Many of us have fond memories of learning to ride a bike along the sidewalk or around the local cul-de-sac. When those training wheels finally come off, it’s a moment full of wonder and thrill. Learning to ride a mountain bike down fast and flowy dirt trails is something else entirely—thrill, wonder…and gravity.
We sat down with local biking advocate Chris Martin, Head Coach of the KBRA Kid’s League and owner of DMB Mountain Bike Coaching, for a chat about biking in Kamloops. Here is what he had to say about the best places to ride, the clubs and groups to join, and why this place is such a great spot for kids, families, and those just learning to ride.
Best Places to Ride
One of Kamloops’ newest bike areas also happens to be one of the best places for kids and learners to ride. The KBRA Kids Zone at Dufferin Park is a six-segment loop of trails with climbs, turns, and twists to loop and lap until dark. Kids, families, and beginners can test their skills on the whoops and rocks, and hone tricks in the skills area. The KBRA Kids League hosts their camps and clinics here, too. It’s where Chris passes on his passion for mountain biking to future little rippers, introducing them to the joy of mountain biking.
Want to know a few of Chris’ other favourite places to ride with the little ones? He recommends the Lac du Bois area, or “Batch” as the locals call it. This zone sits above the Bachelor Heights subdivision on Kamloops’ North Shore and is perfect for beginners looking to polish their skills with green and blue trails. This is classic Kamloops riding, with a scenery of golden grasslands and rolling sagebrush hills.
The Kamloops Bike Ranch is another great place for those starting out. At first glance, the jumps and drops this place is known for, are intimidating. But, you just have to remember that there is always more than one way down. Before letting gravity do the work, cruise the little jumps, easy rollers, and smaller, less-challenging obstacles in the new skill's centre and pump track at the top of the park. When it’s time to descend, True Grit or Blazing Saddles are the green trails (read: beginner) ways down.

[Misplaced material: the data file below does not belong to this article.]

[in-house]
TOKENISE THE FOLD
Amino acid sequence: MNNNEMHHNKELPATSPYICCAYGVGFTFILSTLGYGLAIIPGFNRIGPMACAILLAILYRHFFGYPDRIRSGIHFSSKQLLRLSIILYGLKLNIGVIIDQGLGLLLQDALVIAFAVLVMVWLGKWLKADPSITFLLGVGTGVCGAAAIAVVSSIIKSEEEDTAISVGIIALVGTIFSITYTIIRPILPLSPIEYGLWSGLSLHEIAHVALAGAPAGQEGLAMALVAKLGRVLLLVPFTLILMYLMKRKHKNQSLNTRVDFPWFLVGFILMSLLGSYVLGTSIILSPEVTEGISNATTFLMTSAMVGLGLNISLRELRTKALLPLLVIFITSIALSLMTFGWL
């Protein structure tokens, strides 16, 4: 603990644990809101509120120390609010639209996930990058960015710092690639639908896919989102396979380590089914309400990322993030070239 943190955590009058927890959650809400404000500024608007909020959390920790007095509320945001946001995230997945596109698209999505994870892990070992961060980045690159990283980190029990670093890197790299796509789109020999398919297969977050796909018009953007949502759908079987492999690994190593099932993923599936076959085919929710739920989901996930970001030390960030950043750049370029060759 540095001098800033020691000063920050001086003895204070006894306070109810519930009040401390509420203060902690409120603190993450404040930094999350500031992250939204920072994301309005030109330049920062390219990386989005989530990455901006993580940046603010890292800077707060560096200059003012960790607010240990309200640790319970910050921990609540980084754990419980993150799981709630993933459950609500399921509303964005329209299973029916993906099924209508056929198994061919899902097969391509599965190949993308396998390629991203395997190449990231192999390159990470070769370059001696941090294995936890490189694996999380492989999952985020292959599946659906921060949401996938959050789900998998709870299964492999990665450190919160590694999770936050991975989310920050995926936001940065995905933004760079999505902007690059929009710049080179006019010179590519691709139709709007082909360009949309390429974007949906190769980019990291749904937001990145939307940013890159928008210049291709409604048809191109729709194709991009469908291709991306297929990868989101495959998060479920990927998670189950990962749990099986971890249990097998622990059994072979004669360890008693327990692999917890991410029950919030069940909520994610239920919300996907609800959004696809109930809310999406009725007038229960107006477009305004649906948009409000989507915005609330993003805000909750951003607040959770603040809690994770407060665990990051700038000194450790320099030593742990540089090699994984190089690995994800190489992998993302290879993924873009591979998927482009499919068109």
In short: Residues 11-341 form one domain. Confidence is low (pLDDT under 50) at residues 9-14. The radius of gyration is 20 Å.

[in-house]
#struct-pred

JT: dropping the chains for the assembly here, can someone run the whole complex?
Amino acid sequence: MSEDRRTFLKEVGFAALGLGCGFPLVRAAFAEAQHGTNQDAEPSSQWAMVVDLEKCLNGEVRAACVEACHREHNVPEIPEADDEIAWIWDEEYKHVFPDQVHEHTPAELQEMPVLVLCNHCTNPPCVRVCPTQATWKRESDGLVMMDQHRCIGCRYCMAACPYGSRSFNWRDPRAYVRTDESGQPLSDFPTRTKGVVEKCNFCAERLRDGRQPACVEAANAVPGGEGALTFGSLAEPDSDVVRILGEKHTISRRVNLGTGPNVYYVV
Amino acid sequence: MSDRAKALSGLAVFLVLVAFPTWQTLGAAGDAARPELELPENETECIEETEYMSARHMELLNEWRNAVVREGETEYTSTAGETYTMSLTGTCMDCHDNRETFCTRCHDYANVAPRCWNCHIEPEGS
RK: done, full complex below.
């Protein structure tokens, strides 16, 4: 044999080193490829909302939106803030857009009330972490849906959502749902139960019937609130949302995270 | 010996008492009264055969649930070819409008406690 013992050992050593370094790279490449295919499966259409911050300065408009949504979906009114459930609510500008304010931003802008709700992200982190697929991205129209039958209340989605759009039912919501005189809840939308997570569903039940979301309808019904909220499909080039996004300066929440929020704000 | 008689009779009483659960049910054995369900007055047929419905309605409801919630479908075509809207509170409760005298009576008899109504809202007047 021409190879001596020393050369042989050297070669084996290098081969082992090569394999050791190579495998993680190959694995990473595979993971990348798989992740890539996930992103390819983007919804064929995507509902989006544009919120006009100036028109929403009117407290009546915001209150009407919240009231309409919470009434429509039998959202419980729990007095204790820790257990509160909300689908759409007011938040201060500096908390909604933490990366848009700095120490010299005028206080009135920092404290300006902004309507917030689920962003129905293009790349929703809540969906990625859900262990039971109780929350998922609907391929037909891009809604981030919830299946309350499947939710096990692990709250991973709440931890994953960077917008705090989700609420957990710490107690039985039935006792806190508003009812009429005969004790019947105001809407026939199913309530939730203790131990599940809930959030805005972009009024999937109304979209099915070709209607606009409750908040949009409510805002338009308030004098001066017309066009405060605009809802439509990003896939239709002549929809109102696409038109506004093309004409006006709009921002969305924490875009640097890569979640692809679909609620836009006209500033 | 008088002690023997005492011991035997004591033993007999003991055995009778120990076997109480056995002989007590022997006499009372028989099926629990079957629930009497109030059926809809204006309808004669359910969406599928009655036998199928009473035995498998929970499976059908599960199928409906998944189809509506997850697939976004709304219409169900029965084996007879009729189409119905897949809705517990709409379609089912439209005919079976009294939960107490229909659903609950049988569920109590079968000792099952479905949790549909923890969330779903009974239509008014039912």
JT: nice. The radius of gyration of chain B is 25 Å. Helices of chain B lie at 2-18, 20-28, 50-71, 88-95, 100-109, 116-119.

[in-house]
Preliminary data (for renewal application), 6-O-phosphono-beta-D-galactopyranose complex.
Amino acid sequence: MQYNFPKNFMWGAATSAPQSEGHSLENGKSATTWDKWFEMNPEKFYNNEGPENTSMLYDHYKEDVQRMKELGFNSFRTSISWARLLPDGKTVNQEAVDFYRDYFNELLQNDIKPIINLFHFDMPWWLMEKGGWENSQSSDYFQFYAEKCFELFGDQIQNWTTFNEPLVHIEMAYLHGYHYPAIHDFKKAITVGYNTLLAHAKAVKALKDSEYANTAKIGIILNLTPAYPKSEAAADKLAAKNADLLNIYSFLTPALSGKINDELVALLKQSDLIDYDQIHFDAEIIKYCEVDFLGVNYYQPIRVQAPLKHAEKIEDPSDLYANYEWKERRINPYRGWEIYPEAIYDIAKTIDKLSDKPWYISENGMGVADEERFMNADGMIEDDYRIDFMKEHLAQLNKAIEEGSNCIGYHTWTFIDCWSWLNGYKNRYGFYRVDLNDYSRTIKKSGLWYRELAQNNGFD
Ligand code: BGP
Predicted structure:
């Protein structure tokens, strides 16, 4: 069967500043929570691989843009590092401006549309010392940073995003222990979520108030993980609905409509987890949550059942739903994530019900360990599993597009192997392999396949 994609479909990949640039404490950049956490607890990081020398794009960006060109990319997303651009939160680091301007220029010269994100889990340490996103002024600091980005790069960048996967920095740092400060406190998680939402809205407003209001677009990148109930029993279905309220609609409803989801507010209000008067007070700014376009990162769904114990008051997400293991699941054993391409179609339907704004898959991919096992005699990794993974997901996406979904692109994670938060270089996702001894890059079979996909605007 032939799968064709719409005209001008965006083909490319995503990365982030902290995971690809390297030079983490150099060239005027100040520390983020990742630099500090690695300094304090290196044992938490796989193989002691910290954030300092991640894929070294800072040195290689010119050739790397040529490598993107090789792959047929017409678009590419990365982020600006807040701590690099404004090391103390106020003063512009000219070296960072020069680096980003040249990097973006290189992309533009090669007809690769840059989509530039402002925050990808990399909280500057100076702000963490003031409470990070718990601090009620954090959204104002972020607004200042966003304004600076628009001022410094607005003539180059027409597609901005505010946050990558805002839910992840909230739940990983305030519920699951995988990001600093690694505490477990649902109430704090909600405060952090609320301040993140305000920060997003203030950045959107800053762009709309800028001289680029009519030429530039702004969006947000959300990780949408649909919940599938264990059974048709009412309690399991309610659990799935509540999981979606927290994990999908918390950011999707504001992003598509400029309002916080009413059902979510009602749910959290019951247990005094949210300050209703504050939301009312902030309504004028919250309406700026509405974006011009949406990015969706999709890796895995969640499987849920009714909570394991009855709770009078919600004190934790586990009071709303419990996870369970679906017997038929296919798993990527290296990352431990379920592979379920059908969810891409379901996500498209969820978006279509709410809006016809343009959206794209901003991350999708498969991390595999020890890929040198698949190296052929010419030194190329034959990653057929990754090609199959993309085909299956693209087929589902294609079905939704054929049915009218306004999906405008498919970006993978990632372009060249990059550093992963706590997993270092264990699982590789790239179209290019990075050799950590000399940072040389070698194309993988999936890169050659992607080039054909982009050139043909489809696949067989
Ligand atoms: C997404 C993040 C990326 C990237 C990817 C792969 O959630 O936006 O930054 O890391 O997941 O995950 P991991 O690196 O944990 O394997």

When you're ready to move from beginner to intermediate, Chris likes to send people over to the Pineview Valley area. Here, you can test your legs on a buffed climbing trail before choosing from over 40 green and blue trails for your adventure down.
Join The Club
Getting more kids involved in mountain biking is what Chris, Head Coach of KRBA Kid’s League, is all about. Chris, along with a host of other professional mountain bike coaches—including Olympic medallist and World Cup winner Catherine Pendrel—introduce kids aged 7-13 to the joy of riding on two wheels.
Students get to work on the fundamentals over the course of three coaching sessions, test what they know with two opportunities to join a race, and receive a jersey for participating. For the older kids, there is the cross-country focused KRBA Teen League, ideal for those who have aged out of the Kids League. These camps all fill up quickly (2022 is already full), so be sure to stay tuned for registration opportunities for next year.
Chris also runs DMB Mountain Bike Coaching for kids looking to hone their skills. These camps are for kids aged 6-12, with options for those with differing skill levels. Chris also offers a week-long DMB Girls Only camp, helping to promote gender inclusivity in biking.
Meet the Community
The more people riding bikes, the better biking becomes for everyone. Grab your crew of bikers and head to the Wednesday Night Group Rides hosted by the Kamloops Bike Riders Association. These group rides are open to everyone, no matter your skill level, age, or two-wheel setup. These inclusive rides are open to anyone looking to get out. An annual KBRA membership for $20 per person is required and can be purchased in advance online. It’s all about having fun with bike-minded people. Check the Facebook page every Monday for each weeks’ meet-up location.
Reality Check: It’s important to state that ability is never strictly dictated by age. As a 35-year-old mountain biker, I know all too well that there are kids riding faster, better, and more technical trails than I ever could.